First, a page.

MLB plans to announce shortened 60-game schedule, as tensions between union and owners boil over
The league will play its shortest season since 1878
Major League Baseball will announce a 60-game schedule, returning for its shortest season in more than 140 years amid the coronavirus pandemic.
The MLB is planning to unilaterally issue the order to return to play after a deal negotiated by the commissioner and the player's union was rejected.
Tony Clark, the head of the players' union, and commissioner Rob Manfred met last week to outline terms of a deal that expanded the playoffs from 10 to 16 teams, and innovated gameplay in several other technical ways.
The deal was proposed to the MLB Players Association's executive board on Monday and was subsequently voted down 33-5.
"The framework provided an opportunity for MLB and its players to work together to confront the difficulties and challenges presented by the pandemic. It gave our fans the chance to see an exciting new postseason format. And, it offered players significant benefits," read a statement from the MLB. "Needless to say, we are disappointed by this development."
The MLB's control owners have now signed off on a plan to head into a 60-game schedule without fans in the parks. The players' union reportedly has until 5 p.m. on Tuesday to confirm that players will be ale to show up to training by July 1. If that schedule is approved, then the season will likely begin officially during the last week of July.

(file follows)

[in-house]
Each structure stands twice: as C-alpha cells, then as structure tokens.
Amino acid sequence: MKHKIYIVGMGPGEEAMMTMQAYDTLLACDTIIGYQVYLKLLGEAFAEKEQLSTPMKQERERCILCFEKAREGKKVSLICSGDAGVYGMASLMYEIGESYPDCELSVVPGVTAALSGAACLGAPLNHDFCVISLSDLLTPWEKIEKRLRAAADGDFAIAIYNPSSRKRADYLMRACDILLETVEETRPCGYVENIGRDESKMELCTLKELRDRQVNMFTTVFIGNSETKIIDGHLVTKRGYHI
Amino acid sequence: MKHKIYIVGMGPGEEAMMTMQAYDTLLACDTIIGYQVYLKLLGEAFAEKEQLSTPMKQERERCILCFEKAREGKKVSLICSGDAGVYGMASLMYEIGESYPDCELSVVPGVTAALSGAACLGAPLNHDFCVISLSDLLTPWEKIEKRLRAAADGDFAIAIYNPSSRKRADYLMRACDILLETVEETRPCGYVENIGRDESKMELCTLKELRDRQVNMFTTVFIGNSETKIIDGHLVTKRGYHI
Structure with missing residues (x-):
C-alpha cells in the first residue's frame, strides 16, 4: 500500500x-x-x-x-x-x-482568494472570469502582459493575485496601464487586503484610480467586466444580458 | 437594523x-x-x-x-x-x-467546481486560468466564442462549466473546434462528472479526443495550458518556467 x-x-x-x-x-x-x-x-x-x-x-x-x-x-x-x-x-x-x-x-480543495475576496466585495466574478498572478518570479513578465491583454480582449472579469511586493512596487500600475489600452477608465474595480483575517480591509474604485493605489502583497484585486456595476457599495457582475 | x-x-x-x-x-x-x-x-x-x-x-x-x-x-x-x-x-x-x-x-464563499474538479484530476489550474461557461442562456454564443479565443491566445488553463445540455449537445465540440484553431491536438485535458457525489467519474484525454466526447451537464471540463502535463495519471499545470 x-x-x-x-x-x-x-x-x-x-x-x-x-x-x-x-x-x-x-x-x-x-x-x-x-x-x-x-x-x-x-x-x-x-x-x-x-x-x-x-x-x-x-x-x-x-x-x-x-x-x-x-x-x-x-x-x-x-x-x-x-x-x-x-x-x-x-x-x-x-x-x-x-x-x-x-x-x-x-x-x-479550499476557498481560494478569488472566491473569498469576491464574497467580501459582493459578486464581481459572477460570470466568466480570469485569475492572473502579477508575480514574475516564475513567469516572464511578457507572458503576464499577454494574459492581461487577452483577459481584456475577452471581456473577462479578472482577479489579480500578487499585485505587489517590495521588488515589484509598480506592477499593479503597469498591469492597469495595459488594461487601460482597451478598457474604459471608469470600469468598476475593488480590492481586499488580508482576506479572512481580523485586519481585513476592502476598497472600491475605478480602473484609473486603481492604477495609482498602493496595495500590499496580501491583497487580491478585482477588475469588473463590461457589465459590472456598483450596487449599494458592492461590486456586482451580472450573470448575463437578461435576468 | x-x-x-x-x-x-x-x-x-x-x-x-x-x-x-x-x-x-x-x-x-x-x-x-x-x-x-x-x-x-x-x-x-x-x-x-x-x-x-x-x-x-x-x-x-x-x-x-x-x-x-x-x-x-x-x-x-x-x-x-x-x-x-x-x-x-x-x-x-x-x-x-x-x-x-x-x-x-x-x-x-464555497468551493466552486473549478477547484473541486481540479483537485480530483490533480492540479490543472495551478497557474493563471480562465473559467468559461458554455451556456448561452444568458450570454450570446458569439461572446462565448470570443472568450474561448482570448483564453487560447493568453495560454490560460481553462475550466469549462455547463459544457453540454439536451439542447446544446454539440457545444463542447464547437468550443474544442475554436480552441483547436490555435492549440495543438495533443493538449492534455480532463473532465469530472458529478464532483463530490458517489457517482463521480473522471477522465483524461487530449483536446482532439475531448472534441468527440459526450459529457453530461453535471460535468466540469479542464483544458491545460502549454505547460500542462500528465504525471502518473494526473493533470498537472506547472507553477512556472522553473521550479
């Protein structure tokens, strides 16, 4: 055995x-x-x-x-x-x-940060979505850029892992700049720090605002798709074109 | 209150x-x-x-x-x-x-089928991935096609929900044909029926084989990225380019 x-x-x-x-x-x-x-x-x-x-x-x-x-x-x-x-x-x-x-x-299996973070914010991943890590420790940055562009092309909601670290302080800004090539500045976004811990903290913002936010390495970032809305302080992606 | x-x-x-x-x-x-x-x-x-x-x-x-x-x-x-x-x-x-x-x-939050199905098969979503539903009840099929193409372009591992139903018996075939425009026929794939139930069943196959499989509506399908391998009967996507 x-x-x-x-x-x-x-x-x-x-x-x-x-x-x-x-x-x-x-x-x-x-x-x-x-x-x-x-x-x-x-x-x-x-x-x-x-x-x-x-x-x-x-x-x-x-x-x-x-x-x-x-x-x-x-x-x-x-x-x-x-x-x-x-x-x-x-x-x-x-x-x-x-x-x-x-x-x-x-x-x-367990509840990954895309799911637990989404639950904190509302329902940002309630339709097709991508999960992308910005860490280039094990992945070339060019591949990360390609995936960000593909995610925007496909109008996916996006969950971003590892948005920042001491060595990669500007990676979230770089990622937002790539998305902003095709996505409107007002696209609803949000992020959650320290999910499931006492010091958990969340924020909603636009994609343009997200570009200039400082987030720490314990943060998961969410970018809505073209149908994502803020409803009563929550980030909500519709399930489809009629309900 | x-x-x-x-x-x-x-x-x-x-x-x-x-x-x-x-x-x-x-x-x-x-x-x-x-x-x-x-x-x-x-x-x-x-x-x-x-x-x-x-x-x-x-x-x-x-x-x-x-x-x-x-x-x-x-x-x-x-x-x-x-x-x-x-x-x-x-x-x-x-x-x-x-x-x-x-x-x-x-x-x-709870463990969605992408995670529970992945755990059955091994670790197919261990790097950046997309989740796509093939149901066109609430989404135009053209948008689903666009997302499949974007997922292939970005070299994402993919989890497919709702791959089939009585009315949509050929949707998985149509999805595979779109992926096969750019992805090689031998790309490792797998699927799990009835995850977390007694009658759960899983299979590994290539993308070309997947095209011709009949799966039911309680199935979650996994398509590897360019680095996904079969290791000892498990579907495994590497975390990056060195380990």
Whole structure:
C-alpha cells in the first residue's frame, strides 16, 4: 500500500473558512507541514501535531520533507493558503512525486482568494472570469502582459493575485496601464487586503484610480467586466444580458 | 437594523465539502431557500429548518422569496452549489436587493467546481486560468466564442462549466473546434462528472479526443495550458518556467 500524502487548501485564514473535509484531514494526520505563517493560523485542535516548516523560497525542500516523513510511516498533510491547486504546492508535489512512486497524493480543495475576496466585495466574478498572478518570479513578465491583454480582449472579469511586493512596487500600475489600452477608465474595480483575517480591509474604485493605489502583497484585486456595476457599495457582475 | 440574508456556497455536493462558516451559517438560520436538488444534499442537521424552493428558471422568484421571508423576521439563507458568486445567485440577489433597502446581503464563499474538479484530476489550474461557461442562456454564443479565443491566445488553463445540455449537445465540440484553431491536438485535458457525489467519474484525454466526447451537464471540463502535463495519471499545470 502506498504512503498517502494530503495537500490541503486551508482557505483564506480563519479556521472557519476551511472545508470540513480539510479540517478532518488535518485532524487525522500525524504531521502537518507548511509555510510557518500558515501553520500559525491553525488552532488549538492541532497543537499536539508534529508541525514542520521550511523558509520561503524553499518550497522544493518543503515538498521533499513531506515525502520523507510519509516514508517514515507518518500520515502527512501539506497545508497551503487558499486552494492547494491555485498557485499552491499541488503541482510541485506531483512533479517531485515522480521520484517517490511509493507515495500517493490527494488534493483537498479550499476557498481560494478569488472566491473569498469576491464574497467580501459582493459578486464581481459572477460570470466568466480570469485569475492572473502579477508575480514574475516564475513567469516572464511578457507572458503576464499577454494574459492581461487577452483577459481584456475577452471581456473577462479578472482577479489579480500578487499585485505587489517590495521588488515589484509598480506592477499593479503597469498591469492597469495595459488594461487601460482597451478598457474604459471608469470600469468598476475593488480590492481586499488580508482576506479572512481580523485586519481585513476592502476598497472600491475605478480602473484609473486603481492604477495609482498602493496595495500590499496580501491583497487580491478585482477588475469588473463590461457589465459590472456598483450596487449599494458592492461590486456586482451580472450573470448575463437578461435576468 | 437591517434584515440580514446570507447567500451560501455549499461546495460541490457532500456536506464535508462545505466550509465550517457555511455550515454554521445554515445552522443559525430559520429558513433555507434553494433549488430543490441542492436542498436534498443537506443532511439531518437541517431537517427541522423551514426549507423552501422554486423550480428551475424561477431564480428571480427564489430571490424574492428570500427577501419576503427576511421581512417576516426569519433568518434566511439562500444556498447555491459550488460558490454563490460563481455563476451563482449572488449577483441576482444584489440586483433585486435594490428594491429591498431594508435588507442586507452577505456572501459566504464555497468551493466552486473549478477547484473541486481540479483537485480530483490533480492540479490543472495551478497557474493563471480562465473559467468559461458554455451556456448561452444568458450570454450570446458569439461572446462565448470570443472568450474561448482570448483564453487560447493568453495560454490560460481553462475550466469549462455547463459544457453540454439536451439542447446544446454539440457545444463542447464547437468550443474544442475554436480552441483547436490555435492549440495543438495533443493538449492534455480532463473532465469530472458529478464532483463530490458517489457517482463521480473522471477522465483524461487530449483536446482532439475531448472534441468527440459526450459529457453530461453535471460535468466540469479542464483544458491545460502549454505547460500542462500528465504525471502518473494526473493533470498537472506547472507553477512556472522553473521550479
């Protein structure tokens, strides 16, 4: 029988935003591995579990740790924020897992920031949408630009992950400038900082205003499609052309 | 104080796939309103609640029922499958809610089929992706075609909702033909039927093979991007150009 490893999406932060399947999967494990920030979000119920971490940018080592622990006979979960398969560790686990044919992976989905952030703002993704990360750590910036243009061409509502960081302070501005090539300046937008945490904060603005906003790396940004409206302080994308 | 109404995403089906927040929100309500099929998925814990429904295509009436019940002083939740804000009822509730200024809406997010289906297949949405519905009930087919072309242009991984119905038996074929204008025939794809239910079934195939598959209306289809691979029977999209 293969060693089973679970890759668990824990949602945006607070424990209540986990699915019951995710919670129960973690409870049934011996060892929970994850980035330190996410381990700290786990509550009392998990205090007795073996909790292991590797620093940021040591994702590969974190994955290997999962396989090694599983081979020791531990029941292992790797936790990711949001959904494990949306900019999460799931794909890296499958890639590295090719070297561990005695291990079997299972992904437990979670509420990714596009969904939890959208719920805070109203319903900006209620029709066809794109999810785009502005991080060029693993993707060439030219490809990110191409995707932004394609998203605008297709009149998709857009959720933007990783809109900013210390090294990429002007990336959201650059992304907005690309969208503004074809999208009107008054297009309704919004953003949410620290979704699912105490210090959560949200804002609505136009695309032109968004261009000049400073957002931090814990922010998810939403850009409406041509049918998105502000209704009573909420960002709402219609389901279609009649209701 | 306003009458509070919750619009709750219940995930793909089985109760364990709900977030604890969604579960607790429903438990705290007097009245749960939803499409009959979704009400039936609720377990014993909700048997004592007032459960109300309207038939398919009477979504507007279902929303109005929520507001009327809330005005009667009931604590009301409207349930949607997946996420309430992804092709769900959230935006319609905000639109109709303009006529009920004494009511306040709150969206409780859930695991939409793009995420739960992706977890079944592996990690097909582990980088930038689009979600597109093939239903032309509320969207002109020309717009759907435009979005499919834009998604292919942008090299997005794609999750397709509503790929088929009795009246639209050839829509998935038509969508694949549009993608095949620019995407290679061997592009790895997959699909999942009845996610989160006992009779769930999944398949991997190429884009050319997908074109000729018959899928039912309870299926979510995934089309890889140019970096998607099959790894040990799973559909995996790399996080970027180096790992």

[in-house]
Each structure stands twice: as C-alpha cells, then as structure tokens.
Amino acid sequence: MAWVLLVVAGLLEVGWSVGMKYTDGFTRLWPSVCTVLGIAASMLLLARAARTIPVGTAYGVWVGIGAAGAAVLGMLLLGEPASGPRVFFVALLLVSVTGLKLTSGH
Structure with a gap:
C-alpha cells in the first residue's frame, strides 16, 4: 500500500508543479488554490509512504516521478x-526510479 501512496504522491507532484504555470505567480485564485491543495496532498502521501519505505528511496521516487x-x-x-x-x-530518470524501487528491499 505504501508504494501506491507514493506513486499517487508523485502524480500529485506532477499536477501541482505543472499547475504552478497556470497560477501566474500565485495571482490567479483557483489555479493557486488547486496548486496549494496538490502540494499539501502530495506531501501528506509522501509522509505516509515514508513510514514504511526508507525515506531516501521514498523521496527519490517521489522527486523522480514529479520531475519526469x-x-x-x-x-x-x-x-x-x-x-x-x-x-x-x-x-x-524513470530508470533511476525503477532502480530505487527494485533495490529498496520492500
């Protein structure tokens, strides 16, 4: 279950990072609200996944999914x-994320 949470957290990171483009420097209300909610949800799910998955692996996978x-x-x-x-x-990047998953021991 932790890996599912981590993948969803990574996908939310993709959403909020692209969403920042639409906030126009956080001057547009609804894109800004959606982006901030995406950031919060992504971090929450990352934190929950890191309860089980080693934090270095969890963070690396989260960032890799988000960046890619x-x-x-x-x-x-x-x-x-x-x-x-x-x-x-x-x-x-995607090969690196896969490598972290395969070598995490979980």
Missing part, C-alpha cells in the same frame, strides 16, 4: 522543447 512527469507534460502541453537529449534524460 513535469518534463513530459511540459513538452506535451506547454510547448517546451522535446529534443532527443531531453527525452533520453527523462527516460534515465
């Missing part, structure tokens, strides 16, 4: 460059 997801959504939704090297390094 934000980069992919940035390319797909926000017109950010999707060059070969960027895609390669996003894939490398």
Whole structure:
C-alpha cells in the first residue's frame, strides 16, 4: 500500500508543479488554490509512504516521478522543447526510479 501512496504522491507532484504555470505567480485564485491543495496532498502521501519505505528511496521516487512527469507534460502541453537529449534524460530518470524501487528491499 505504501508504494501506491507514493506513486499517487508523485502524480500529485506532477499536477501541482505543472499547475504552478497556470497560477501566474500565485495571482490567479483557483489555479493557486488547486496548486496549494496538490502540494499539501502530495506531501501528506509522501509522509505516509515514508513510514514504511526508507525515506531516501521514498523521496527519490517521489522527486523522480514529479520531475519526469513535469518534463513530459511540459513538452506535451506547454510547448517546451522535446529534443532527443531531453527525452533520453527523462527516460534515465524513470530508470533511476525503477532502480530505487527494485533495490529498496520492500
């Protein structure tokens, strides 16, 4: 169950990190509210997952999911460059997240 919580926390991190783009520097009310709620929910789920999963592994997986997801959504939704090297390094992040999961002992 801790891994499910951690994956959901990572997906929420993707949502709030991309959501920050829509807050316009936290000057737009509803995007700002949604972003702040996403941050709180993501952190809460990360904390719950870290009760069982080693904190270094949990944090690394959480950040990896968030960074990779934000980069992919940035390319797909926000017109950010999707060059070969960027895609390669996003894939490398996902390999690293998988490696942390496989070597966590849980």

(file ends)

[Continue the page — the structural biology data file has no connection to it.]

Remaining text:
"We anticipate finalizing a comprehensive set of health and safety protocols with Major League Baseball in the coming days, and we await word from the league on the resumption of spring training camps and a proposed 2020 schedule," read a statement from the union.
In December of 2021, baseball's collective bargaining agreement is set to expire, which, given the damage done to the relationship between the MLB and the union during the pandemic, indicates the possibility of a spring training lockout prior to the 2022 season.
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